Damariscotta Bank & Trust President Thomas Finn asserts there are reasons why the community banks are weathering problems that have leveled some of the nation’s financial giants.
Local community banks are somewhat insulated from the issues afflicting their larger counterparts. Finn is quick to point out the commercial banks in town are much different from the large investment banks that have recently failed.
“We take deposits from regular people, and lend that money out to local businesses,” Finn said. “We’re doing the usual banking, meeting the needs of the community, which makes us less likely to reach [take a risk].”
All banks participate in the secondary mortgage market, he explained. When they write a homeowner’s mortgage, they sell it on the secondary market to Freddie Mac or Fannie Mae. According to Finn, this allows banks to offer more mortgages to more people.
According to Finn, Freddie Mac and Fannie Mae then packages thousands of these mortgages together as investments, which mutual funds, banks and insurance companies then purchase because they are considered safe investments.
“If they are underwritten properly, and have a qualified applicant, the system works well,” Finn said. “But, the investment banks were packaging and purchasing mortgage investments that were subprime. It was risky because they weren’t [the applicant] qualified properly.”
There was a special “no asset, no income” verification program available, where the underwriter didn’t try to verify income or assets and took it on the faith of the borrower, according to Finn.
This was done by various mortgage companies and brokers, he said, adding that
“It was a sound concept,” he said. “It makes sense to redistribute capital so more people can own their own homes. The financial institutions and others didn’t adhere to traditional underwriting standards.”
Restructuring Fannie Mae and Freddie Mac is essential, because banks still need a conduit into which to sell their mortgages, Finn explained. “Without the secondary market, banks can only lend what they receive in deposits,” he said. “In that case, how many mortgages can I make without running out of money?”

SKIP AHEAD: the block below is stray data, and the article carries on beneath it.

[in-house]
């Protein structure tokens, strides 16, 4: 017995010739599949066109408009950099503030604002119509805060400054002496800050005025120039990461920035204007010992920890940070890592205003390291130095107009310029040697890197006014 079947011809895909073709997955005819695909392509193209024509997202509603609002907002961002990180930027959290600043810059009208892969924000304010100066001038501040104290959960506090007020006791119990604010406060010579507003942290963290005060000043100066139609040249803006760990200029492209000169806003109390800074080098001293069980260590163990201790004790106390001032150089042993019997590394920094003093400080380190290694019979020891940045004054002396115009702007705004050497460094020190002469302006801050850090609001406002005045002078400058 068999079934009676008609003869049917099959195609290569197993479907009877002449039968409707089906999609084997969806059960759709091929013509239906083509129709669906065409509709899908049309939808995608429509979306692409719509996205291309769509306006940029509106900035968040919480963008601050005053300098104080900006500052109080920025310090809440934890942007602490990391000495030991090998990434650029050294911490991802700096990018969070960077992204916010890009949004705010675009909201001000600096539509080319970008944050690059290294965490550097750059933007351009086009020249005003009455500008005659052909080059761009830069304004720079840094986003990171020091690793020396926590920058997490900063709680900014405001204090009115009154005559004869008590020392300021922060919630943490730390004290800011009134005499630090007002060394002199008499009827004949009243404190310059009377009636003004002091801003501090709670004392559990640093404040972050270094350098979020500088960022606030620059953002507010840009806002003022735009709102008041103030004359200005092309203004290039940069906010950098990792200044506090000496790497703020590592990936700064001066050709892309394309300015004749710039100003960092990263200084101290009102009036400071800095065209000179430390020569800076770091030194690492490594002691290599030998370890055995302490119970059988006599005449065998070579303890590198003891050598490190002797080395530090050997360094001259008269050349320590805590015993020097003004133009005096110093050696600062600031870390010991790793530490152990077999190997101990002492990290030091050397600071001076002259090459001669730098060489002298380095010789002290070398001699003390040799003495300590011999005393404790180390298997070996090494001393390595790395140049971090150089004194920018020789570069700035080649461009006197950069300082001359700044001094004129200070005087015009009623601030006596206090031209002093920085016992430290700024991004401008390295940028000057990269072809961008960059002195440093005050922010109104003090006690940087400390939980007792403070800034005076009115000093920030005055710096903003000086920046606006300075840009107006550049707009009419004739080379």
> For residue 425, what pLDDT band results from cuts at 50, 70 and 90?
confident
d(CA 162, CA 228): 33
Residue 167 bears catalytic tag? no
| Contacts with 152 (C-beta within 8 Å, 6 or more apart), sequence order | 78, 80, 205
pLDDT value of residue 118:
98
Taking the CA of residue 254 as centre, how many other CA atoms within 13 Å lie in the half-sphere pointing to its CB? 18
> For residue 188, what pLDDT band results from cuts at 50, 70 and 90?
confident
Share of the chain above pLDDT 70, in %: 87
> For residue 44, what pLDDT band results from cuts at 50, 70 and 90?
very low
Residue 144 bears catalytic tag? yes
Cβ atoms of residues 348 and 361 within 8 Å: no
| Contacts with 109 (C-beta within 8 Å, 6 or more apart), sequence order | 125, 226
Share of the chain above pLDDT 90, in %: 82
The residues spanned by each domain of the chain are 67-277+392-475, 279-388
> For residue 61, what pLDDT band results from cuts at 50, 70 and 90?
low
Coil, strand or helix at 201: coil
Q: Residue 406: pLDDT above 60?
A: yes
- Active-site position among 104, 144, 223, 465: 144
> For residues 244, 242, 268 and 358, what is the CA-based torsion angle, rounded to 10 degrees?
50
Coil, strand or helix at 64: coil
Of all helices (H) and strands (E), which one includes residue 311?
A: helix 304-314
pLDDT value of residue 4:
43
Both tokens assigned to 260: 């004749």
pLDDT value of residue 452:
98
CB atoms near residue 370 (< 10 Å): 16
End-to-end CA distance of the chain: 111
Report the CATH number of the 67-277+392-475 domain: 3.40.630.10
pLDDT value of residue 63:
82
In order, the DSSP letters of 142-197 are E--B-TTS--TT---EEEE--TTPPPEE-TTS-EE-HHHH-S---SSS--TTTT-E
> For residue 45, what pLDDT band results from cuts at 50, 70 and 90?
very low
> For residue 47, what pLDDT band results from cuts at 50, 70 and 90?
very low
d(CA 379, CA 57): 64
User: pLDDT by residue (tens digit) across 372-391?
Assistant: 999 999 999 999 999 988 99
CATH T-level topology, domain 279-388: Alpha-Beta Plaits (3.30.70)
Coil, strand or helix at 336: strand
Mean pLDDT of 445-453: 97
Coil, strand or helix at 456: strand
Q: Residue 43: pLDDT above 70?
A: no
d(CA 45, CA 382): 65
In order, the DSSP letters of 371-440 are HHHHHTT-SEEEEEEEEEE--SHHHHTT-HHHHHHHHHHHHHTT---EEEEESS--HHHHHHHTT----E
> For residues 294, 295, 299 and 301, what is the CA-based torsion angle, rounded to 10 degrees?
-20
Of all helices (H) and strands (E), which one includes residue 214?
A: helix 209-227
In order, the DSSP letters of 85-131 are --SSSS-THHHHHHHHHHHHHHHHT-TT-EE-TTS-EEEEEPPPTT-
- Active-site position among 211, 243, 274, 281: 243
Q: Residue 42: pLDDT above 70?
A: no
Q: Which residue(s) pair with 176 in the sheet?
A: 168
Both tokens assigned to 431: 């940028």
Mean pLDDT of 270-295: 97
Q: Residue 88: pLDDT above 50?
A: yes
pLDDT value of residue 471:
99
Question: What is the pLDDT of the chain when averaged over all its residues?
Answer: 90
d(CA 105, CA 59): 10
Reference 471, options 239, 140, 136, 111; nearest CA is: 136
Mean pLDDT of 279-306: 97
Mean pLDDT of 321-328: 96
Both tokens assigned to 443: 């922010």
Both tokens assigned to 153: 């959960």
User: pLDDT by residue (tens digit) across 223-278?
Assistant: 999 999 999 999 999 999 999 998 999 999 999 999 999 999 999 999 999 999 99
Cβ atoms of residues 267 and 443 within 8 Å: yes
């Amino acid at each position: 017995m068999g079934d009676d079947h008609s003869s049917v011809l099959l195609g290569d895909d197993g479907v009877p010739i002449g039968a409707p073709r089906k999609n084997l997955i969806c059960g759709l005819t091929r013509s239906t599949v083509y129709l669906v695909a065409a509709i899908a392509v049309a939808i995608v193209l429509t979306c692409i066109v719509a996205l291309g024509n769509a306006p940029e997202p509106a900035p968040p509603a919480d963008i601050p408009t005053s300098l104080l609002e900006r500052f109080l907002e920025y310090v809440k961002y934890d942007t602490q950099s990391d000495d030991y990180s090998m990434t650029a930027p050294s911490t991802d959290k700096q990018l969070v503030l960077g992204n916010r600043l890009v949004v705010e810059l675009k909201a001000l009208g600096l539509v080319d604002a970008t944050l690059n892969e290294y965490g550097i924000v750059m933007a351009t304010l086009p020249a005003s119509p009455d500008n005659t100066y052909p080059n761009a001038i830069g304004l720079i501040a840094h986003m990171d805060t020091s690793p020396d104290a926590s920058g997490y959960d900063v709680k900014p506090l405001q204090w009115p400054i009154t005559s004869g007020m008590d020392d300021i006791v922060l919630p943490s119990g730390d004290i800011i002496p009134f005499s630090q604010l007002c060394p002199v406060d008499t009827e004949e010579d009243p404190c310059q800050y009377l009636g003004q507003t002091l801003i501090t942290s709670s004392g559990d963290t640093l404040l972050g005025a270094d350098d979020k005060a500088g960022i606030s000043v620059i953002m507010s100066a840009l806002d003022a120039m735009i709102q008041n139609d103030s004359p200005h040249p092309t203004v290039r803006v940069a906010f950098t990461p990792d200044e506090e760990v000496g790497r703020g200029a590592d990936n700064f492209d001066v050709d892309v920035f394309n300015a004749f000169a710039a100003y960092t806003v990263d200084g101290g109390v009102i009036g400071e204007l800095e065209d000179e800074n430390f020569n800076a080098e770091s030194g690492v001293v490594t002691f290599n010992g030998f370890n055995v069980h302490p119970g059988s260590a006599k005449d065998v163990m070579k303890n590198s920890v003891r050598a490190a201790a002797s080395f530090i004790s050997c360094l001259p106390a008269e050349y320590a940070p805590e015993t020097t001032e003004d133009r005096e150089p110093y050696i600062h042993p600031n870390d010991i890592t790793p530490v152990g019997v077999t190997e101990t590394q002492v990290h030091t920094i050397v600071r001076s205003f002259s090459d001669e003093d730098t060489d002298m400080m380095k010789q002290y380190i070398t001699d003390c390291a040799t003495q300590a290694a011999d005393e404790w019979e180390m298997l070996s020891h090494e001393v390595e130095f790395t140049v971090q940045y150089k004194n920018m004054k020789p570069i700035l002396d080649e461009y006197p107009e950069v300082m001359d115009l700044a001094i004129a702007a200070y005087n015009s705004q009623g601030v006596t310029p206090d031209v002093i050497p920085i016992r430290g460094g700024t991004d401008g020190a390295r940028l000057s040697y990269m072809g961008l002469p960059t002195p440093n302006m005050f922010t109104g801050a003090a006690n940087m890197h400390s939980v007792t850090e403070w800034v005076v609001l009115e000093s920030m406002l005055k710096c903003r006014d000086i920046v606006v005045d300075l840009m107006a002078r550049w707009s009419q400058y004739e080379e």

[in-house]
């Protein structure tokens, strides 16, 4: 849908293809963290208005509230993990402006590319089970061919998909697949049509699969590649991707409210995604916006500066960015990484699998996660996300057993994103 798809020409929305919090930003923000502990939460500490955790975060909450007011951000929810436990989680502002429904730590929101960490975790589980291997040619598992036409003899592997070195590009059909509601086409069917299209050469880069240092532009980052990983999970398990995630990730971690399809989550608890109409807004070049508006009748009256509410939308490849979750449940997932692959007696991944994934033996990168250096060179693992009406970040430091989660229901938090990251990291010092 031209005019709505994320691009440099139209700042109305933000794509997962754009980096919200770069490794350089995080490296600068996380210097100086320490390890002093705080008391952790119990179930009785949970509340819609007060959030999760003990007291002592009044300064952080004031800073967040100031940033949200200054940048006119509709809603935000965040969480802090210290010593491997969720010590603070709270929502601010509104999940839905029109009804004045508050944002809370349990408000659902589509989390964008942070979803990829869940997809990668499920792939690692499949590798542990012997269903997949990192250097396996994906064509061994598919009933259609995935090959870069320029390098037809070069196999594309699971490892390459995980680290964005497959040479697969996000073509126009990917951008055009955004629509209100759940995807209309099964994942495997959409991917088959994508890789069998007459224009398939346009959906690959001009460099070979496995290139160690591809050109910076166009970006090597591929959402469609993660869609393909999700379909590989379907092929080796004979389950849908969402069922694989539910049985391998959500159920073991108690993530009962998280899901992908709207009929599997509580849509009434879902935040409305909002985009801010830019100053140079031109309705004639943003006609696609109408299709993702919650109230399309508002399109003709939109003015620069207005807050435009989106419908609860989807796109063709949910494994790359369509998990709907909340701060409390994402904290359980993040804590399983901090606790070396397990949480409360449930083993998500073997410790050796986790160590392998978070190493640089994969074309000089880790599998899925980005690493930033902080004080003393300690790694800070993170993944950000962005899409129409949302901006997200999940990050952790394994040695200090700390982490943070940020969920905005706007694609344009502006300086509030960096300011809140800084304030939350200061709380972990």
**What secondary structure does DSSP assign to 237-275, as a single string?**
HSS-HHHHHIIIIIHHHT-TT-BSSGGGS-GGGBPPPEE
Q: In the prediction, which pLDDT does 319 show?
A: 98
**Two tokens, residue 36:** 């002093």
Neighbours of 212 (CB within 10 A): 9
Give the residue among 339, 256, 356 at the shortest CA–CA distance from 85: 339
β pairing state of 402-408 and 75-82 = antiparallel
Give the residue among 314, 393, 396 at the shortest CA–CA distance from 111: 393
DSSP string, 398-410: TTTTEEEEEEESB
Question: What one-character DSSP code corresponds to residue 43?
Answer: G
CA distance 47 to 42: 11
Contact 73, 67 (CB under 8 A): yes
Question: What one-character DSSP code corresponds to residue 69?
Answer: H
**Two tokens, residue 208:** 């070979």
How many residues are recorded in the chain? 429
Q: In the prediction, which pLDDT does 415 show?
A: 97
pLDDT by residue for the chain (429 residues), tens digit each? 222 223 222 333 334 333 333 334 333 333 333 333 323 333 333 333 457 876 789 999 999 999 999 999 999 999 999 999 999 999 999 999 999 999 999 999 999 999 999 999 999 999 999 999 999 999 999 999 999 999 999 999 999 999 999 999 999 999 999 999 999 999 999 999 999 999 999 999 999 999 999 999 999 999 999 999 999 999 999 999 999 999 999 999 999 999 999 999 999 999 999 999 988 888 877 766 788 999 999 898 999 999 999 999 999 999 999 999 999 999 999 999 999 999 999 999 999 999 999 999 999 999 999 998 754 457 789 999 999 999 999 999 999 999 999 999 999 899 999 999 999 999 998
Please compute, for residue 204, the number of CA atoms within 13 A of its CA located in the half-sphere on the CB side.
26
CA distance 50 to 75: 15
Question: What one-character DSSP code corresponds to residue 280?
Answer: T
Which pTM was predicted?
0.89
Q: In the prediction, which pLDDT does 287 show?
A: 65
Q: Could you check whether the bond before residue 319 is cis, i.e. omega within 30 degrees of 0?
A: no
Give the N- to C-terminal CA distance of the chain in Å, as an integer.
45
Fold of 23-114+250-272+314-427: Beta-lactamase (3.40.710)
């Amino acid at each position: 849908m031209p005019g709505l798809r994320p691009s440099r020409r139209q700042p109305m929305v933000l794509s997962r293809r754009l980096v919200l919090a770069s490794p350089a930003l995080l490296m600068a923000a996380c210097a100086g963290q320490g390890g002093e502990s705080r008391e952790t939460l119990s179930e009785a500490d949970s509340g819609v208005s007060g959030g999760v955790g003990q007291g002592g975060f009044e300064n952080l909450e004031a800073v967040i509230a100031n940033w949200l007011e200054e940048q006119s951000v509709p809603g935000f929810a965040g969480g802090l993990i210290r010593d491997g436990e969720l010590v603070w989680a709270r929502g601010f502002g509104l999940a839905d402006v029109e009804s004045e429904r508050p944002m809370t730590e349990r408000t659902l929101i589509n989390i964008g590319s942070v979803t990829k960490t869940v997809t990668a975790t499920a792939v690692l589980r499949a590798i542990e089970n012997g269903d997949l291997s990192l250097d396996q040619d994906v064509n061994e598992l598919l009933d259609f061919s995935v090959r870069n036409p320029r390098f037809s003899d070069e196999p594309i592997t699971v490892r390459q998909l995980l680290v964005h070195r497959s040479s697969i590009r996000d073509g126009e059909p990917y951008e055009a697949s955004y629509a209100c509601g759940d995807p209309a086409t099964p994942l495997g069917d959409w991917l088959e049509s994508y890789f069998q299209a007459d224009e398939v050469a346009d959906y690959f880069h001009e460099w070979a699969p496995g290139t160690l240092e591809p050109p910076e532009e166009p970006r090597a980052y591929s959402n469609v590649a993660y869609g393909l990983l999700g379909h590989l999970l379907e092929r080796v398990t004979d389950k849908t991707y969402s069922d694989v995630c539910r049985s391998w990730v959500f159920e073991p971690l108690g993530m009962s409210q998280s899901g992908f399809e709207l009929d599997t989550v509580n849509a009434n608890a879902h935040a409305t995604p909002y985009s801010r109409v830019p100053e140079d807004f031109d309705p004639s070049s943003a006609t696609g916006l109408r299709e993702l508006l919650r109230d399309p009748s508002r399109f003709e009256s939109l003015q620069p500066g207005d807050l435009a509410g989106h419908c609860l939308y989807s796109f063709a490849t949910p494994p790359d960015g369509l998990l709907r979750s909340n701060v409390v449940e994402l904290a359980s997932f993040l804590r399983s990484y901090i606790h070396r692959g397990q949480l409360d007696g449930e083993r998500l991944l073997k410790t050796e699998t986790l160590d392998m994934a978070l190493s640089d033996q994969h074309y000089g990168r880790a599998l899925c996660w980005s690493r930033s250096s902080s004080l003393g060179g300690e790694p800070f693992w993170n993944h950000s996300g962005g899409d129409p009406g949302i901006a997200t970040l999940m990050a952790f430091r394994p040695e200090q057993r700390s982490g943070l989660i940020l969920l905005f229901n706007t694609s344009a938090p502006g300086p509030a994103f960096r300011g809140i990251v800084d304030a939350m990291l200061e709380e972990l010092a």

Finn said he believes the word crisis in regard to problems with housing is overblown. There are certain regions, with higher foreclosure rates, he said, but due to price stability, housing is better in
According to Finn, problems arose when people started speculating by buying several homes with the hopes of prices continuing to increase. “People just walk away from the properties and the banks foreclose,” he said. “That is a different story than people who are buying a home to live in.”
Finn discussed the slight increase DB&T is seeing in the amount of funds being deposited from larger banks, due the problems within the industry, presumably for fear of a run on the bank.
The delinquency rates on loans, and foreclosure rates for homes, have not been affected.
The Federal Deposit Insurance Corporation (FDIC) insures that personal checking and savings accounts up to $250,000, since the rescue package was passed. Finn explained banks offer a little extra protection to towns that have accounts greater than the federally insured limit.
“We have other mechanisms for ensuring money above $100,000 stays safe for our local towns,” he said. “We can pledge investments as collateral to cover those accounts.”
Newcastle Chrysler Dodge Jeep President Randy Miller explained he hasn’t seen consumer credit tighten up much, local banks are continuing to loan money to consumers to buy vehicles from his dealership.
“The interest rates for those consumers are some of the lowest I’ve seen in years,” Miller said. “Our service and parts departments are doing very well, but sales numbers are down.”
Miller explained dealers have taken huge losses as a result of the drop in prices for trucks and sports utility vehicles.
In addition, costs of borrowing money for small businesses are going up, and access to commercial credit has been reduced, according to Miller. Increasing costs for car manufacturers are being passed on to smaller car dealers.
Miller asserts this is a great time for car buyers. “It’s a bright spot for consumers, it’s a buyer’s market,” he said. “I’ve never seen deals like this. Our local people need to try and support their local businesses through these tough times.”
Charles Colgan is a professor of Public Policy and Management at the
He explained that the national problems would not affect everyone equally. Small town banks following the traditional deposit and loan models are less likely to be affected.
“The leading edge of the issue is that credit for business is very dicey right now,” Colgan said. “The other problem is the whole economic picture has been ratcheted down.”
It is very uncertain now how far and how fast the problems will spread, according to Colgan. He feels it is hazardous to predict whether small communities will be caught up in the financial maelstrom.
“The credit crisis will pull the national and